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News

High dietary calcium intake may increase prostate cancer risk

American Association For Cancer Research (AACR) : 07 July, 2006  (Technical Article)
Men with a high intake of dietary calcium are at greater risk of developing prostate cancer, according to a study presented today during the American Association for Cancer Research's 4th annual Frontiers in Cancer Prevention Research meeting in Baltimore.
Researchers from the Division of Cancer Epidemiology and Genetics of the National Cancer Institute reviewed data from the Alpha-Tocopherol, Beta-Carotene Cancer Prevention Study to evaluate the relation between calcium, vitamin D, phosphorus as well as dairy products and occurrence of prostate cancer. The current research was based on 17 years of follow-up and 1269 incident cases of prostate cancer.

Results showed that higher intakes of dietary calcium were associated with a significant increase in prostate cancer risk, men who consumed more than 2000 mg of calcium per day nearly doubled their risk of developing prostate cancer. While dairy product intake increased the risk of prostate cancer, no association remained after controlling for calcium. With the exception of cream which showed a significant trend toward an increased prostate cancer risk across intake levels, other individual dairy products showed no association. Moreover, there was no evidence of a link for intake of vitamin D or phosphorous.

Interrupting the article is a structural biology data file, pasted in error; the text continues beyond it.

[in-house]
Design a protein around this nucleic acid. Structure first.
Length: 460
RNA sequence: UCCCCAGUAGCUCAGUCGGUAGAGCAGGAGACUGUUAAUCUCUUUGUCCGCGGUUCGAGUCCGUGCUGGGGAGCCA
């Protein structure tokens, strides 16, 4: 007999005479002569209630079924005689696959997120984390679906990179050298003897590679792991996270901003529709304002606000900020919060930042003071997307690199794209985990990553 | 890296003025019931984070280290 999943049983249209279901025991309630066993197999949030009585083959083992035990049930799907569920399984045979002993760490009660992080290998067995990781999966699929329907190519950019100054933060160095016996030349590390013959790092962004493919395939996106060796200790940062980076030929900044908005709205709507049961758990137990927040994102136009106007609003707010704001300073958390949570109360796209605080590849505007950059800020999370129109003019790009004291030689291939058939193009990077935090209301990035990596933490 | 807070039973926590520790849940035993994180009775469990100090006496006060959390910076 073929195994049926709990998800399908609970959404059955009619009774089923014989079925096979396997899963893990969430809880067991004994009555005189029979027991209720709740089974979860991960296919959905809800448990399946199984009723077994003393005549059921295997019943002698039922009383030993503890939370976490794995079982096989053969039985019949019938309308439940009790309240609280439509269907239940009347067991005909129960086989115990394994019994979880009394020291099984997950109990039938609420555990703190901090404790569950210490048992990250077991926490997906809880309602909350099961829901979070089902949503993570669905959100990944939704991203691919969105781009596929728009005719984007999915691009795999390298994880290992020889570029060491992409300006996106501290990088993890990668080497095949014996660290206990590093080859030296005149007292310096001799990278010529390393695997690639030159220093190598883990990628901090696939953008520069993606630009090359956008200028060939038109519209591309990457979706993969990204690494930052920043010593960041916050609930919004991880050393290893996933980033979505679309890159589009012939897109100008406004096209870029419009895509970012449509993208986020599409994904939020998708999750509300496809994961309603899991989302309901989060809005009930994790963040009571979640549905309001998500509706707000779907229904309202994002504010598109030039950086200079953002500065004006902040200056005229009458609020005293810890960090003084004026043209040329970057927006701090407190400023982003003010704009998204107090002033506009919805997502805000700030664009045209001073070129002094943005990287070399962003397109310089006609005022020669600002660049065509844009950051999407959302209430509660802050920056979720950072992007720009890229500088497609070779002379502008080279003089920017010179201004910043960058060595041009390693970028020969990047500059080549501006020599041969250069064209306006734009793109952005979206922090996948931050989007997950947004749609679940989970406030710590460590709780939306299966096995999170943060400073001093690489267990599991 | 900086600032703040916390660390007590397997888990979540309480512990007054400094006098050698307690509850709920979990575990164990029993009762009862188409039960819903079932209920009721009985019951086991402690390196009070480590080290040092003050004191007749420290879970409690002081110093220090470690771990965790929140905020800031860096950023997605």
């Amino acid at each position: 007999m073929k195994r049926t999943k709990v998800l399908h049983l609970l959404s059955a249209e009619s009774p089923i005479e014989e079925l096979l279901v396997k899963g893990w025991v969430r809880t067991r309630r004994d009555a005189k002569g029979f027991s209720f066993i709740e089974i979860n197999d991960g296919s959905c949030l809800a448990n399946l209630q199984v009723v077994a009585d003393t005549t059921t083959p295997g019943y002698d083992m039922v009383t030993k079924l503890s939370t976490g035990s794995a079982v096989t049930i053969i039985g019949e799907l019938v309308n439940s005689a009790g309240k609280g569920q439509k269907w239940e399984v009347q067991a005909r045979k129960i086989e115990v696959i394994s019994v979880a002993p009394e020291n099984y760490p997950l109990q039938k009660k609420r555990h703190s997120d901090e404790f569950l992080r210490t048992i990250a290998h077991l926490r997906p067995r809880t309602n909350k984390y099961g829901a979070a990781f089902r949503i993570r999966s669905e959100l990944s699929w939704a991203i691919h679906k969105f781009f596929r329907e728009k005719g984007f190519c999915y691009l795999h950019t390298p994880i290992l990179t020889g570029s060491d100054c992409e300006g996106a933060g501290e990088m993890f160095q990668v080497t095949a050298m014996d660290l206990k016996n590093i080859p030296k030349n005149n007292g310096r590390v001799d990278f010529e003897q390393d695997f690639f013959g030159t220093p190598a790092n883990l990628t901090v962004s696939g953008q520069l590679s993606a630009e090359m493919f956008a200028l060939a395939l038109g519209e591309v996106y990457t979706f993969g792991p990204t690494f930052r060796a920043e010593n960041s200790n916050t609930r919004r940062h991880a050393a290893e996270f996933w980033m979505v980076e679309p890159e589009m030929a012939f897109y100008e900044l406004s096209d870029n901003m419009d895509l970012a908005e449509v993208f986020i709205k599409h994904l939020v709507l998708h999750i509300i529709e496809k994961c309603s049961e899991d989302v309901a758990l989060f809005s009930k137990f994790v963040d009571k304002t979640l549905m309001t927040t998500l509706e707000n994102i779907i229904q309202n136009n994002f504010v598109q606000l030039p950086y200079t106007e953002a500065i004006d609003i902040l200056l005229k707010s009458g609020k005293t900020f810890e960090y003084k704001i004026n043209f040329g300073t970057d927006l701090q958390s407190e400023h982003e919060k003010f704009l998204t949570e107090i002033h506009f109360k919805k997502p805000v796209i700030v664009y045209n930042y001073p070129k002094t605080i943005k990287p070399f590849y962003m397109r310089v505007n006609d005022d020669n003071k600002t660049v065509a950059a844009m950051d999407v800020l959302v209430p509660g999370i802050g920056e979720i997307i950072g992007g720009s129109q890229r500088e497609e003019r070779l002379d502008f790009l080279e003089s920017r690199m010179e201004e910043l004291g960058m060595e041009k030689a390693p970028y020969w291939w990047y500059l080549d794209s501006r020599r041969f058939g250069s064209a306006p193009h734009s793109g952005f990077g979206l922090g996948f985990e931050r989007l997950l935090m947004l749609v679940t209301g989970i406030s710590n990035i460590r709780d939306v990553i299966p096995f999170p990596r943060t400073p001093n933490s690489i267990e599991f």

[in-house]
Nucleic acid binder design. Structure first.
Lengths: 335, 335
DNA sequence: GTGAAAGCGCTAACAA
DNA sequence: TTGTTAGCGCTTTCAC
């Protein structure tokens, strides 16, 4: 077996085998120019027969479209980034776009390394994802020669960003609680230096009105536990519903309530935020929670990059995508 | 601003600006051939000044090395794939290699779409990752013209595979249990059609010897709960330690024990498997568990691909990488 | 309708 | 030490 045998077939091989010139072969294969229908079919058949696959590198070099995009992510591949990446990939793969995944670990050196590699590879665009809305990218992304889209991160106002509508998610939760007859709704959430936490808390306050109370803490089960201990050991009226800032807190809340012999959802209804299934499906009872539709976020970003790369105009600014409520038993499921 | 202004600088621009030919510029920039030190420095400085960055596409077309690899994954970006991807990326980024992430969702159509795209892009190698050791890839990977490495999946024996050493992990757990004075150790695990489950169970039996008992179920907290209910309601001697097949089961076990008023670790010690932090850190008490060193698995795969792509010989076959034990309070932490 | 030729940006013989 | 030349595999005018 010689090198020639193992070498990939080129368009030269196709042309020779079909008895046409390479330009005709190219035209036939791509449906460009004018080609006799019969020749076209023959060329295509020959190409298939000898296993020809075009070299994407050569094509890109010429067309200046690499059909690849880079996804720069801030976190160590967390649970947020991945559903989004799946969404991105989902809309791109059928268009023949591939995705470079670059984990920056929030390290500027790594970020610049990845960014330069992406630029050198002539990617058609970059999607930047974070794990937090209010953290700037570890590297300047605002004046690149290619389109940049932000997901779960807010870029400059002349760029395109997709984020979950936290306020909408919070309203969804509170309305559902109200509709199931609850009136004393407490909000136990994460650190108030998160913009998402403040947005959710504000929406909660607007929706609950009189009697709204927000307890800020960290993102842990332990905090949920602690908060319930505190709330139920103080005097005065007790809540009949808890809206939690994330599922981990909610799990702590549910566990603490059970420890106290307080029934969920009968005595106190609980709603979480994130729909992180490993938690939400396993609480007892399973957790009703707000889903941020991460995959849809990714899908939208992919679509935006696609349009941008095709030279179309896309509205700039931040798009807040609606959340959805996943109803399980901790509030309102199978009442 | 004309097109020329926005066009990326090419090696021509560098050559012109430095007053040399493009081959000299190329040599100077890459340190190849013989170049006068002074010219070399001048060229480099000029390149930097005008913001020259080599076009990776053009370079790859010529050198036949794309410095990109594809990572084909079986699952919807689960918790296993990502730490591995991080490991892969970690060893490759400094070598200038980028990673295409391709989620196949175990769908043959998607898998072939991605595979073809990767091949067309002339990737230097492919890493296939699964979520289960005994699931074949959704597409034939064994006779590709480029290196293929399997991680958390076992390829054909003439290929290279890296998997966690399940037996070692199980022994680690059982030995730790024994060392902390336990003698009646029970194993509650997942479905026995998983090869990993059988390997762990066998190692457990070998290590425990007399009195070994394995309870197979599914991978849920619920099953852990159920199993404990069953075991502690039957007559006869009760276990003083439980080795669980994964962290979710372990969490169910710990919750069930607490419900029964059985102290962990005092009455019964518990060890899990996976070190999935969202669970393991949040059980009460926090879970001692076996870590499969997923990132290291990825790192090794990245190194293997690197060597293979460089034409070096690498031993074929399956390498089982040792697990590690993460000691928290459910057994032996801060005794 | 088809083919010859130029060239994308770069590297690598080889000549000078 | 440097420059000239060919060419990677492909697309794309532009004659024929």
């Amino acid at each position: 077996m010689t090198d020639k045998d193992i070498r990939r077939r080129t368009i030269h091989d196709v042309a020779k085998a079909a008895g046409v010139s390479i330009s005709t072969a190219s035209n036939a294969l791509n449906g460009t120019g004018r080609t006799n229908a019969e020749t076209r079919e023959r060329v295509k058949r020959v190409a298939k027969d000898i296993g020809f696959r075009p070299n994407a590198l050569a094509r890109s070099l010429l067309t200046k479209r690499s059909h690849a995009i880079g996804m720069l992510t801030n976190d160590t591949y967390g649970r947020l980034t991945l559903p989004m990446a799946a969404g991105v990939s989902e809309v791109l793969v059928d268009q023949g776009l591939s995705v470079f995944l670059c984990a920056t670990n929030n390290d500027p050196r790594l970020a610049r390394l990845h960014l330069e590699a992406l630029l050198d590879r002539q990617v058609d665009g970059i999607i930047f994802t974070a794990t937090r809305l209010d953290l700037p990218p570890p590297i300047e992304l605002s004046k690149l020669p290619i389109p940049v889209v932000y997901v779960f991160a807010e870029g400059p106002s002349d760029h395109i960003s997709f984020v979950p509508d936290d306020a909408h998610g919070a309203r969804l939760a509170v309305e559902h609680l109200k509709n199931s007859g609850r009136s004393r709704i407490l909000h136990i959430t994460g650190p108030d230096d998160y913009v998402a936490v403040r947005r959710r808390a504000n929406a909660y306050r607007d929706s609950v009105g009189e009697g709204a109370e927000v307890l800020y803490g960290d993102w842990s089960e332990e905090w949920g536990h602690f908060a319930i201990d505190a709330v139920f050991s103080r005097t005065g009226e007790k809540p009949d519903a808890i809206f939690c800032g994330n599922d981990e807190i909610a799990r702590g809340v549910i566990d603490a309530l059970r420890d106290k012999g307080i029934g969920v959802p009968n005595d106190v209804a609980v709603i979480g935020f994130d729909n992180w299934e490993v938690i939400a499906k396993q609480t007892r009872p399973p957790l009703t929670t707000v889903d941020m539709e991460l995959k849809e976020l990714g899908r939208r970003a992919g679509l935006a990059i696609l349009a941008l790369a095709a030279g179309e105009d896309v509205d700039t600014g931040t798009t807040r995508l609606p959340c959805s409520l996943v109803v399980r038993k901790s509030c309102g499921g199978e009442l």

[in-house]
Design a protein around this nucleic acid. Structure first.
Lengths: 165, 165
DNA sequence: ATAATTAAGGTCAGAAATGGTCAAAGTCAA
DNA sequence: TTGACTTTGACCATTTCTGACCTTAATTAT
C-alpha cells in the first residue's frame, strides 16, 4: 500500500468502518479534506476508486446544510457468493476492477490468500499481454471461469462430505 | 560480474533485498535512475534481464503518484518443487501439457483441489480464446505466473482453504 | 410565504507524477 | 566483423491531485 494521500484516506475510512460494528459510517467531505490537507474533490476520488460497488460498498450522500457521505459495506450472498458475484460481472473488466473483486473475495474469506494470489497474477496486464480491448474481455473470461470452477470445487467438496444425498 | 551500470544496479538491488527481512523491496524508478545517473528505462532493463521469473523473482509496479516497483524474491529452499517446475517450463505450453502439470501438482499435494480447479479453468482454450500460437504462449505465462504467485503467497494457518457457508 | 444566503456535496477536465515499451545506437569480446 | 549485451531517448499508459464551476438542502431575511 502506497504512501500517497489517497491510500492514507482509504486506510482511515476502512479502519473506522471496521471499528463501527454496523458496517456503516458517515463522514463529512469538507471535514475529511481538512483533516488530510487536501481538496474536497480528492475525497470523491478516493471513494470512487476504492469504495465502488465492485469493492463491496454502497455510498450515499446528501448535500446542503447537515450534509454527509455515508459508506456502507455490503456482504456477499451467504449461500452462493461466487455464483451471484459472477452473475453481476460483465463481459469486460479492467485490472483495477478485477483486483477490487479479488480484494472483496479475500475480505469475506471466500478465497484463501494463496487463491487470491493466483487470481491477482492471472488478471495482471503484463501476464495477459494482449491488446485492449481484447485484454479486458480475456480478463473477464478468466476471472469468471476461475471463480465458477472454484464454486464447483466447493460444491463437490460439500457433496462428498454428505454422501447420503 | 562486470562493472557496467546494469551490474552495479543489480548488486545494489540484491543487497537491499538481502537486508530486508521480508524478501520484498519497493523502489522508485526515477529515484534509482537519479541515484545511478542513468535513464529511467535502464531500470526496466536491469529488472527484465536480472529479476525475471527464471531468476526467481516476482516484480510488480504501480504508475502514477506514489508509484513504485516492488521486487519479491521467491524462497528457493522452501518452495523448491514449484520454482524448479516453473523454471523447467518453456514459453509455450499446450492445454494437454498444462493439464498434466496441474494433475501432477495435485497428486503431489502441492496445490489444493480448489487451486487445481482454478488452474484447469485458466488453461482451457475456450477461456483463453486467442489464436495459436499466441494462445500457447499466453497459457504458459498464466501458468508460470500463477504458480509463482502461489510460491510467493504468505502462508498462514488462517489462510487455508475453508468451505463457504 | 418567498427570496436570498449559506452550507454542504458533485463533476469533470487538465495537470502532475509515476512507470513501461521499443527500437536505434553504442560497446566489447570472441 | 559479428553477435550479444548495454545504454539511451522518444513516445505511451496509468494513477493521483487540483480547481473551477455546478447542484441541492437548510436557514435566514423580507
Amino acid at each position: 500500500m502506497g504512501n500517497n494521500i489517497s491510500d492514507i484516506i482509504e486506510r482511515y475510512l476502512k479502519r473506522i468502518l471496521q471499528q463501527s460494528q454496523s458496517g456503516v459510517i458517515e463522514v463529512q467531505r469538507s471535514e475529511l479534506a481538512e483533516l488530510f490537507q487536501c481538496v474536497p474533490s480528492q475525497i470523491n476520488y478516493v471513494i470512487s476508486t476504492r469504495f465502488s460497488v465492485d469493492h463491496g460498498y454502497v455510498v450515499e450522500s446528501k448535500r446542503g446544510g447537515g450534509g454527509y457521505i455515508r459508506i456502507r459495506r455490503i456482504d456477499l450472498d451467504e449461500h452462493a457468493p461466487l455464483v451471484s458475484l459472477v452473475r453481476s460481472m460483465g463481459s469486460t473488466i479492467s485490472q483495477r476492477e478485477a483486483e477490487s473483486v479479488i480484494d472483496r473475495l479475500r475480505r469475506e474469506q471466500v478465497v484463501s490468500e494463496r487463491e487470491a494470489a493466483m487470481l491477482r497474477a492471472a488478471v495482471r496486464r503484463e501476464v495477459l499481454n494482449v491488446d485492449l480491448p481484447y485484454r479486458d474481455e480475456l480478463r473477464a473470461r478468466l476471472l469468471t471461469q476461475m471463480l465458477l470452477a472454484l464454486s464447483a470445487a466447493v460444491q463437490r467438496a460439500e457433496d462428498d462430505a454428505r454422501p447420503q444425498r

'The results of our study suggest that high intakes of dietary calcium are related to an increased risk of prostate cancer,' according to Panagiota Mitrou, of the NCI and lead author of the study. 'These results might explain the positive association seen with dairy products in our and previous studies. Further research should focus on how dietary calcium could affect prostate cancer.'

The ATBC Study was a large prospective cancer prevention trial conducted by the U.S. National Cancer Institute and the National Public Health Institute of Finland from 1985 to 1993. The purpose of the study was to determine whether certain vitamin supplements would prevent cancer in a group of 29,133 male (aged 50 to 69) smokers in Finland. The trial ended in 1993, but ongoing follow-up of the participants enables continued research into the causes and prevention of multiple diseases, including cancer.
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